Guglielmo Marconi (1874 – 1937)
Marconi was both an inventor and an entrepreneur, the pioneer of radio in Europe. He was born in Bologna to an Italian father and an Irish mother. In his twenties he began to use the radio waves demonstrated by Heinrich Hertz to create a practical system of wireless telegraphy. His first experiments took place in Bologna, but attracted little interest, and in 1896 he moved to Britain, where he was encouraged by William (later Sir William) Preece, the chief engineer at the Post Office.
His system drew much from the work of other inventors, which led to many legal suits regarding patents, but it was a system that worked, and Marconi successfully exploited its commercial potential. He made a series of demonstrations for the British government, including the sending of a signal across the Bristol Channel in 1897 that was the first radio transmission over water. In 1897 he transmitted signals over the English Channel, and gave demonstrations in the United States. In 1901 he claimed that he had transmitted a signal across the Atlantic from his company’s station at Poldhu in Cornwall to Signal Hill, St John’s, Newfoundland. Doubts were expressed about his claim but subsequent demonstrations showed clearly that signals could be sent for hundreds of kms, and in 1903 President Theodore Roosevelt of the United States sent a greeting to King Edward VII of the United Kingdom.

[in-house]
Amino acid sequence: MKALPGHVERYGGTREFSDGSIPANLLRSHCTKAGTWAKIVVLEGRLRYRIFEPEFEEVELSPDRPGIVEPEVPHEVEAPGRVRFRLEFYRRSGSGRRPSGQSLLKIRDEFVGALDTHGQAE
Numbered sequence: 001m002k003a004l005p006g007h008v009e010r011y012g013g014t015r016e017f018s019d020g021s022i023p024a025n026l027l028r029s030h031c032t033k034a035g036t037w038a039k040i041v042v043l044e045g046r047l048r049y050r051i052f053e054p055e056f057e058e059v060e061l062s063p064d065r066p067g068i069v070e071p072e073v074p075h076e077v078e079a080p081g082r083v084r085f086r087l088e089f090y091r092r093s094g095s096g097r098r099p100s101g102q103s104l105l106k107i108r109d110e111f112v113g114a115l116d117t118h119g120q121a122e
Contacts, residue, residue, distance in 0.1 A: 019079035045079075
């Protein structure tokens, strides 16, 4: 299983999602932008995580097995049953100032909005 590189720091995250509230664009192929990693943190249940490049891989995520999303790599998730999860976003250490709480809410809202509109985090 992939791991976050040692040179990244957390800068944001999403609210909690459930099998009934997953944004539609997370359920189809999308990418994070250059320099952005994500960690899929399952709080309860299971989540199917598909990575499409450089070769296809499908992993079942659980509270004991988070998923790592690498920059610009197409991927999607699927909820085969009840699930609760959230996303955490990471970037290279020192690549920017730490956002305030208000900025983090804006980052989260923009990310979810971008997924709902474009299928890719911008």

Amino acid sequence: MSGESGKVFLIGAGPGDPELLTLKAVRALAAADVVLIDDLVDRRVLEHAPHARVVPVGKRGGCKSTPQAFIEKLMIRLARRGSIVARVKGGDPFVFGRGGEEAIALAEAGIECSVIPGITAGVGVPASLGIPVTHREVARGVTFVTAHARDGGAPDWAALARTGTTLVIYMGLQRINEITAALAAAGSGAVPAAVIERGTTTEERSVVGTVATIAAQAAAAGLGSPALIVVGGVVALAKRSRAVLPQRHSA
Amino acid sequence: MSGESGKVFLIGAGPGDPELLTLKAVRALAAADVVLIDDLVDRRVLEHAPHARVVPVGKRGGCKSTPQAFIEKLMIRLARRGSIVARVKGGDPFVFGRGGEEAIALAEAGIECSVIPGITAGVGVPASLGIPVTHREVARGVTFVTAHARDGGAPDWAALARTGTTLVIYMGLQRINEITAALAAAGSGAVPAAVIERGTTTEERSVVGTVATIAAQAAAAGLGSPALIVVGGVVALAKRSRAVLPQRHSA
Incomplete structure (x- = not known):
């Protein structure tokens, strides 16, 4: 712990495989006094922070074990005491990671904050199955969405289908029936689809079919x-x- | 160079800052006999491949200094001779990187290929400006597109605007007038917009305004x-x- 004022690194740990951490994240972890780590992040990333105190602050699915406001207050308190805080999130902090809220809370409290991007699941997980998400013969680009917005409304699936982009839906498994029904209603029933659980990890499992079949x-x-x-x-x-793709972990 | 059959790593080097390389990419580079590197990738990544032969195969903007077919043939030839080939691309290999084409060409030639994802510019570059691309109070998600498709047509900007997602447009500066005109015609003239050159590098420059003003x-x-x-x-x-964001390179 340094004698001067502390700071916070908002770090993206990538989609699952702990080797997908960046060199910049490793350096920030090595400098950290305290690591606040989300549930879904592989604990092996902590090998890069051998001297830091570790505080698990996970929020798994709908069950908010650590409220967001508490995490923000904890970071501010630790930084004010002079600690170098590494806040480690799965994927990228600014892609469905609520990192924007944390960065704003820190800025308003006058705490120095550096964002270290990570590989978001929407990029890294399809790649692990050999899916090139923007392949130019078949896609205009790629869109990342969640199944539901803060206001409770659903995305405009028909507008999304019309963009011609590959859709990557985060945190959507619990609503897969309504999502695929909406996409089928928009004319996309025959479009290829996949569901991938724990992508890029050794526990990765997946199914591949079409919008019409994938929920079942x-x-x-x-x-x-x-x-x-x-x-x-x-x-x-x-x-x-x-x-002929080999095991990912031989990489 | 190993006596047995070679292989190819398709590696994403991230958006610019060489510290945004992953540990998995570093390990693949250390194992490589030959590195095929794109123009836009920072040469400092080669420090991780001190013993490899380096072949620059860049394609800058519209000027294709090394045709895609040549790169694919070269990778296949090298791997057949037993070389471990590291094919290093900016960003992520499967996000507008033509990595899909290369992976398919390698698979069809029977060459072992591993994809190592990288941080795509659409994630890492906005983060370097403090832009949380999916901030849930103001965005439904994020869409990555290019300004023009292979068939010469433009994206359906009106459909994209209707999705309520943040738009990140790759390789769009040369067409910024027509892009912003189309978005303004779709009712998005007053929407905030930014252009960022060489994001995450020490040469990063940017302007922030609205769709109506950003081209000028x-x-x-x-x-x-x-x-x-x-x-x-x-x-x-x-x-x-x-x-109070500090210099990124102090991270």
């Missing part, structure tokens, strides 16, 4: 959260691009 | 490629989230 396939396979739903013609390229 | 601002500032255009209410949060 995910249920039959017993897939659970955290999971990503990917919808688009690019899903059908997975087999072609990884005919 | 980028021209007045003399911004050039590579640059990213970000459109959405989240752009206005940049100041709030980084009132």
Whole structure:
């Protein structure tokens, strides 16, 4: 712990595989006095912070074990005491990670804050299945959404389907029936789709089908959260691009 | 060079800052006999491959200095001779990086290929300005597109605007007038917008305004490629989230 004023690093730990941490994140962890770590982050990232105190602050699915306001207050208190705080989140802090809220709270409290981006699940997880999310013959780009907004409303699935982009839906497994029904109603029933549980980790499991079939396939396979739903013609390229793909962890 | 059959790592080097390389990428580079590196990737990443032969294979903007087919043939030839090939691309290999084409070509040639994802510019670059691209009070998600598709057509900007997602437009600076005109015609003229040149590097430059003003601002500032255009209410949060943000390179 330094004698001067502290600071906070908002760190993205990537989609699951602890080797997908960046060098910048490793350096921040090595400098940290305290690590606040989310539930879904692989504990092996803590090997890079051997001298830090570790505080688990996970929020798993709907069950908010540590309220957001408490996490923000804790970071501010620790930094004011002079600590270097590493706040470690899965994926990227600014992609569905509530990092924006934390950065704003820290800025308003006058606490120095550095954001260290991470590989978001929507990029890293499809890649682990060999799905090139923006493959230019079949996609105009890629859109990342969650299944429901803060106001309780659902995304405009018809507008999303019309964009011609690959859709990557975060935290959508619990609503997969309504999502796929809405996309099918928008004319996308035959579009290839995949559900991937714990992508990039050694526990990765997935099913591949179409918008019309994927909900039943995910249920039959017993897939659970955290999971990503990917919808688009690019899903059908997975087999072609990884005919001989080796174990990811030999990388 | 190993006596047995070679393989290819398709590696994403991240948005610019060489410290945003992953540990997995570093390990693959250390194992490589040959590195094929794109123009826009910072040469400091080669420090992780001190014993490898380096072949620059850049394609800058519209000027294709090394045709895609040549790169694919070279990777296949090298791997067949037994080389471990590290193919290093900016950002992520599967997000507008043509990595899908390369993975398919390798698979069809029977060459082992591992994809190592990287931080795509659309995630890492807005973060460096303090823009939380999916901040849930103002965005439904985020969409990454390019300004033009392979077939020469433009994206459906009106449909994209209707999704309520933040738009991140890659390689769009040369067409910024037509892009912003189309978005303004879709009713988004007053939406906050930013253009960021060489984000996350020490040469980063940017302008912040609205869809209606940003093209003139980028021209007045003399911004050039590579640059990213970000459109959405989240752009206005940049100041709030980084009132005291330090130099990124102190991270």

His companies did much to establish communications between ships at sea and their owners ashore. In 1898 his Marconi Wireless Telegraph and Signal Co opened a factory in Hall Street, Chelmsford, and with rapid growth moved to larger premises in New Street in the same town in 1912. From 1915 Marconi began to work with continuous wave transmissions, and in 1920 the first entertainment broadcast was made from the Chelmsford factory. Until the formation of the British Broadcasting Corporation in 1922 his company played a significant role in the development of radio broadcasting in Britain.
Marconi shared with Karl Ferdinand Braun the Nobel Prize for Physics in 1909.
Marconi served with the Italian forces in the First World War, and subsequently supported the Fascist government of Benito Mussolini. That government’s extravagant claims concerning his inventions have in part obscured his role as an entrepreneur whose influence has been felt in every country in Europe.